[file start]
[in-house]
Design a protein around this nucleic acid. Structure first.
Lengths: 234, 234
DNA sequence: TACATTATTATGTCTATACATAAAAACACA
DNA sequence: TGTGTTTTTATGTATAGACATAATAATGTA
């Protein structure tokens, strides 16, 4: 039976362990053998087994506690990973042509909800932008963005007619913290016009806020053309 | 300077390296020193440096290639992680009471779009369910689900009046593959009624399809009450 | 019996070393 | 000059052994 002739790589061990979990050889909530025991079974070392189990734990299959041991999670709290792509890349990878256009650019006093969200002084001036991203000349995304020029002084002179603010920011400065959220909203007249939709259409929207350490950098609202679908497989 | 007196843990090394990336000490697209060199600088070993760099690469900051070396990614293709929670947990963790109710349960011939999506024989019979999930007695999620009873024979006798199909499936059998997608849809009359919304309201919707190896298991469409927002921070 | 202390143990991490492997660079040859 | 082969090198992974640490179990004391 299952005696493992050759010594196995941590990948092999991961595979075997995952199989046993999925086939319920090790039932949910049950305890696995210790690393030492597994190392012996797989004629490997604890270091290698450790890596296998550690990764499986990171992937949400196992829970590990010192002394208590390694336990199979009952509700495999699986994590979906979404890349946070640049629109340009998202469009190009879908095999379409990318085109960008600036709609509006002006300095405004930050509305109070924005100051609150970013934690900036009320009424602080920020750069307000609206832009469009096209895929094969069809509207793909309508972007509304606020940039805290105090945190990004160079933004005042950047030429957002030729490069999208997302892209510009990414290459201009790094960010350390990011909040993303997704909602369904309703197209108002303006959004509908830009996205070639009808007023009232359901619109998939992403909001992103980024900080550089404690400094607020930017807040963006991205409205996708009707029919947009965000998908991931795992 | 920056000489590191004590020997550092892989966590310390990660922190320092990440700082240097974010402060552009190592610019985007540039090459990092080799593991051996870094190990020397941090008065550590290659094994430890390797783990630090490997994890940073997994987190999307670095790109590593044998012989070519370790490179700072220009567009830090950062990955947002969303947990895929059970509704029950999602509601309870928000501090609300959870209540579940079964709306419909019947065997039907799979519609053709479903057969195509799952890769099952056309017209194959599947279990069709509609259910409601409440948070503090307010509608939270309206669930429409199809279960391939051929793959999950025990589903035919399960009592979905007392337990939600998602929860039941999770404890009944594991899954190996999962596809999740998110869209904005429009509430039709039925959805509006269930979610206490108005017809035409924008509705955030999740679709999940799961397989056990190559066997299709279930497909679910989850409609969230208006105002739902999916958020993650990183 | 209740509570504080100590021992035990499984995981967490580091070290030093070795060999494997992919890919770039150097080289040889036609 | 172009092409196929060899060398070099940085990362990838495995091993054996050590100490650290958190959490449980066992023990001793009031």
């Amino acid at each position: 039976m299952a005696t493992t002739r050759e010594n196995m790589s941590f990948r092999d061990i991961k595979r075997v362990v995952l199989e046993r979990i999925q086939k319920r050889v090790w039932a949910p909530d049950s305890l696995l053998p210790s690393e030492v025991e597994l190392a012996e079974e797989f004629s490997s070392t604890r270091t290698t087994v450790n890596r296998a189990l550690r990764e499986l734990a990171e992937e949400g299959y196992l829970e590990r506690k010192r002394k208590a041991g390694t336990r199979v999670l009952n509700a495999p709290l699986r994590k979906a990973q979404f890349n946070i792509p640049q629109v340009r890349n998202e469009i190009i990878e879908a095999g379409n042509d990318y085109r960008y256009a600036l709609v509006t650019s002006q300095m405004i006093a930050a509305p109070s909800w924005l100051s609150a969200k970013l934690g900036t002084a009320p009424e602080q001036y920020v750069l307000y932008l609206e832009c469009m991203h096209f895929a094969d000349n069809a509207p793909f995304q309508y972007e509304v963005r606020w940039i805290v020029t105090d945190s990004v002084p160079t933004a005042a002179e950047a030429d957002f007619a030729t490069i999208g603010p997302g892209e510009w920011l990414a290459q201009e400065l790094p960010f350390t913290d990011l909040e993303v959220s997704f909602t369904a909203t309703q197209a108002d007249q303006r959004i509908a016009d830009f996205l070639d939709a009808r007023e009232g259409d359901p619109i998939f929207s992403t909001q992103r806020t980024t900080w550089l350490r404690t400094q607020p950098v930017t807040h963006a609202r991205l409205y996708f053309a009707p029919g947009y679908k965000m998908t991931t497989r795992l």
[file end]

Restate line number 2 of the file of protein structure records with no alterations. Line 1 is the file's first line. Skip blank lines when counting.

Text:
Design a protein around this nucleic acid. Structure first.